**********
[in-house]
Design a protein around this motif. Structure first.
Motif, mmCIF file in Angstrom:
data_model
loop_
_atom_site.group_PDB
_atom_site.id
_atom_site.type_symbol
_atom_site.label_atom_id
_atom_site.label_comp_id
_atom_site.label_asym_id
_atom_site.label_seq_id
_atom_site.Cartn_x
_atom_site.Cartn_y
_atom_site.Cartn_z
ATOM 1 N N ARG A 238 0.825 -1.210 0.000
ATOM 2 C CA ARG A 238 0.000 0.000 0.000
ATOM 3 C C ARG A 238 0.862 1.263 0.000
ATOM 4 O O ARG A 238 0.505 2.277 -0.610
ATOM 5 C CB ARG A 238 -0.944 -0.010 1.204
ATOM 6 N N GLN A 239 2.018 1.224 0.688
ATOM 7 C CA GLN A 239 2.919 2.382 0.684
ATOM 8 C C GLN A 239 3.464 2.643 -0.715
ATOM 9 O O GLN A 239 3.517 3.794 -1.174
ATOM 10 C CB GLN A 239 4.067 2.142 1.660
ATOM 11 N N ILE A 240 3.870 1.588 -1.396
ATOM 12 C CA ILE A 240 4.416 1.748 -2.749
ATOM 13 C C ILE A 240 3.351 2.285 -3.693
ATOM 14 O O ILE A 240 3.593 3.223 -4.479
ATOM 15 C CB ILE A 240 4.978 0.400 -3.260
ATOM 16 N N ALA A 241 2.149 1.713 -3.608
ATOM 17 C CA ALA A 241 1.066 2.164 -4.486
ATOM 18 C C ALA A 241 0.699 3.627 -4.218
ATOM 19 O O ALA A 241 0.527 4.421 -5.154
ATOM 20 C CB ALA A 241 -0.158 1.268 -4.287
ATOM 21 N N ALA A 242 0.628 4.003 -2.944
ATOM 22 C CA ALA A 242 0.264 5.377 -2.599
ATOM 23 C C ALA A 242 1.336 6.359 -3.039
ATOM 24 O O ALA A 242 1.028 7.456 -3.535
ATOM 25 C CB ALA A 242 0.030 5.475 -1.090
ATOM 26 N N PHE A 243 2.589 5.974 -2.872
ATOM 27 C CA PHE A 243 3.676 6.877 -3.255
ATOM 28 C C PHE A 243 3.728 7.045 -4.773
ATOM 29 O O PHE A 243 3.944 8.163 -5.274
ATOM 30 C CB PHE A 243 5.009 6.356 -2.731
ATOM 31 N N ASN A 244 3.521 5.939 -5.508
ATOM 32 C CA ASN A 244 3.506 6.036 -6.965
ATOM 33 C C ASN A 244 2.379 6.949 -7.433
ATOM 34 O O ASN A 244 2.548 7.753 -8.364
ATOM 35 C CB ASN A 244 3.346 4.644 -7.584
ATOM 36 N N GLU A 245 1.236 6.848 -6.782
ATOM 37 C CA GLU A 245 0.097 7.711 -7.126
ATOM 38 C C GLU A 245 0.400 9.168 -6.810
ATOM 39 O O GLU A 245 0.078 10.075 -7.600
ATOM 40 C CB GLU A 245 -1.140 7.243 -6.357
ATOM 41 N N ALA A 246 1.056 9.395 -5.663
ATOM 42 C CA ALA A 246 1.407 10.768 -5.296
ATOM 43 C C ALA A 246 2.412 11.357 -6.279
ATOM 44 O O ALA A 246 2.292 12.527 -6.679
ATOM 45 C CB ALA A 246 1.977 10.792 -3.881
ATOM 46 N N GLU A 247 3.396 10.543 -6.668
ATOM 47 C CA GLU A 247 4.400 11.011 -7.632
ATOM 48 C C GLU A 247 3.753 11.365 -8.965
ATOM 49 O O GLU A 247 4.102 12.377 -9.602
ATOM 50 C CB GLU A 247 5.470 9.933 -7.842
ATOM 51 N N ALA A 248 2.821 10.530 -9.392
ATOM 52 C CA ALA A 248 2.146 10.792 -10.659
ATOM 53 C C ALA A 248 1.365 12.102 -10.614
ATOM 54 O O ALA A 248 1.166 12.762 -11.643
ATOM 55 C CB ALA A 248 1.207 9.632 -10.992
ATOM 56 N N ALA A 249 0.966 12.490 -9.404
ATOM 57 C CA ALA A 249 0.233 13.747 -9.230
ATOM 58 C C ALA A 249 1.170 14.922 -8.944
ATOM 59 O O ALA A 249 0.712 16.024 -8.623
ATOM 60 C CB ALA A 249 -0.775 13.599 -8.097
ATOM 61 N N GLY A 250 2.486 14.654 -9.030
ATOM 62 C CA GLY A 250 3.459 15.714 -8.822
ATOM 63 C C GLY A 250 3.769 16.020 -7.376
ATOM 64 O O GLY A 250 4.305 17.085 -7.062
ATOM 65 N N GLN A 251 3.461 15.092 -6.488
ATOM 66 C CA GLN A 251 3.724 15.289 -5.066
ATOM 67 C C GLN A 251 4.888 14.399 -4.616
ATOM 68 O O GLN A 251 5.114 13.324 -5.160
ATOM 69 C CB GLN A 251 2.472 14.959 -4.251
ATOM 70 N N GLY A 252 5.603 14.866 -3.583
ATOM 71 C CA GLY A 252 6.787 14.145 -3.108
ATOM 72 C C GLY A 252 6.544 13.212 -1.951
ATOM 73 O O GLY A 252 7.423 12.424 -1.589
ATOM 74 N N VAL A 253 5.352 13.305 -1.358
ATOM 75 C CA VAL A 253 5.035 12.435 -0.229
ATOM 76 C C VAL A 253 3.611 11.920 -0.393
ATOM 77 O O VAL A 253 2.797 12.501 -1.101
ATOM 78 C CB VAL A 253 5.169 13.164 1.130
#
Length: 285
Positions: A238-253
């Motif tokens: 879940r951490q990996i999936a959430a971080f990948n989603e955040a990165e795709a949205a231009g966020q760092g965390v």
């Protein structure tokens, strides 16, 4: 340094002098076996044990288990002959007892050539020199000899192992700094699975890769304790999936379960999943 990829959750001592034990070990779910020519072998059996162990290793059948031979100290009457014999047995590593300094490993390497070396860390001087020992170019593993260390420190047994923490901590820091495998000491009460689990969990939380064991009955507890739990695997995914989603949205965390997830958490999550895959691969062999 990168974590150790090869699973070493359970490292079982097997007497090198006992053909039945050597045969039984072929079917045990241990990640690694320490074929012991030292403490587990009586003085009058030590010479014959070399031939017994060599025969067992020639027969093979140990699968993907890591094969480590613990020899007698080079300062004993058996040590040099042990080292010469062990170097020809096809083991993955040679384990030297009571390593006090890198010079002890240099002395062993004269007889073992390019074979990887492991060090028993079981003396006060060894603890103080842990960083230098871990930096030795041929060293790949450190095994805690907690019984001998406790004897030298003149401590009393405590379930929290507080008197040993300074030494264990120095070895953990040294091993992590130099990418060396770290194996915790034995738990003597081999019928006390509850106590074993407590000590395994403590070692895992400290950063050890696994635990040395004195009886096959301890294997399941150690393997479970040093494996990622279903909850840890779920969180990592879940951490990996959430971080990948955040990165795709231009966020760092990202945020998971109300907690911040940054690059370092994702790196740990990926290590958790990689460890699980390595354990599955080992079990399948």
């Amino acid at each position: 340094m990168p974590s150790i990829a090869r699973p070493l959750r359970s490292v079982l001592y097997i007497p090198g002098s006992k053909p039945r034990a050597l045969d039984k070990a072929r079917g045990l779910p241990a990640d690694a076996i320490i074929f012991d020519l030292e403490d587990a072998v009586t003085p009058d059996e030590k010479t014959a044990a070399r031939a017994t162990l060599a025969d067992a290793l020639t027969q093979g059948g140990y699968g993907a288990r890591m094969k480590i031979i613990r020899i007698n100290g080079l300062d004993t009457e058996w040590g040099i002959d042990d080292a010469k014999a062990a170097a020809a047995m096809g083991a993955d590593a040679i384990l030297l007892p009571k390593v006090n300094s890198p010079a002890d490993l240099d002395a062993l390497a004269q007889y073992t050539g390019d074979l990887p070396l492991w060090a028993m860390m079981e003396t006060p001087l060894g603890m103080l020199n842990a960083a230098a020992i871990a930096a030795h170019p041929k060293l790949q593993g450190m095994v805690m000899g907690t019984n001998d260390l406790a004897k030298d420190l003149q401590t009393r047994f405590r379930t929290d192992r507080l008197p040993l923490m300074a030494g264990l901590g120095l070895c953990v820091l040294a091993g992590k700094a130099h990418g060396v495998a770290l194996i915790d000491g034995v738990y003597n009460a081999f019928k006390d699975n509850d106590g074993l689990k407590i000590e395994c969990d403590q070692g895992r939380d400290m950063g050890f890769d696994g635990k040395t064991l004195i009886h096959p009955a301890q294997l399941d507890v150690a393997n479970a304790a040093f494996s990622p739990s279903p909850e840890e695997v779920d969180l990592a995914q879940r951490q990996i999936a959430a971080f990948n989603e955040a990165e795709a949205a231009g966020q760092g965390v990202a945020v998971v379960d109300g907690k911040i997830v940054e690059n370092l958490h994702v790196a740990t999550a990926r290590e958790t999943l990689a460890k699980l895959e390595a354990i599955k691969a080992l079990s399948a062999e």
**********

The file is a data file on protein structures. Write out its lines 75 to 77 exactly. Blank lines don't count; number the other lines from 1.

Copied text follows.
ATOM 60 C CB ALA A 249 -0.775 13.599 -8.097
ATOM 61 N N GLY A 250 2.486 14.654 -9.030
ATOM 62 C CA GLY A 250 3.459 15.714 -8.822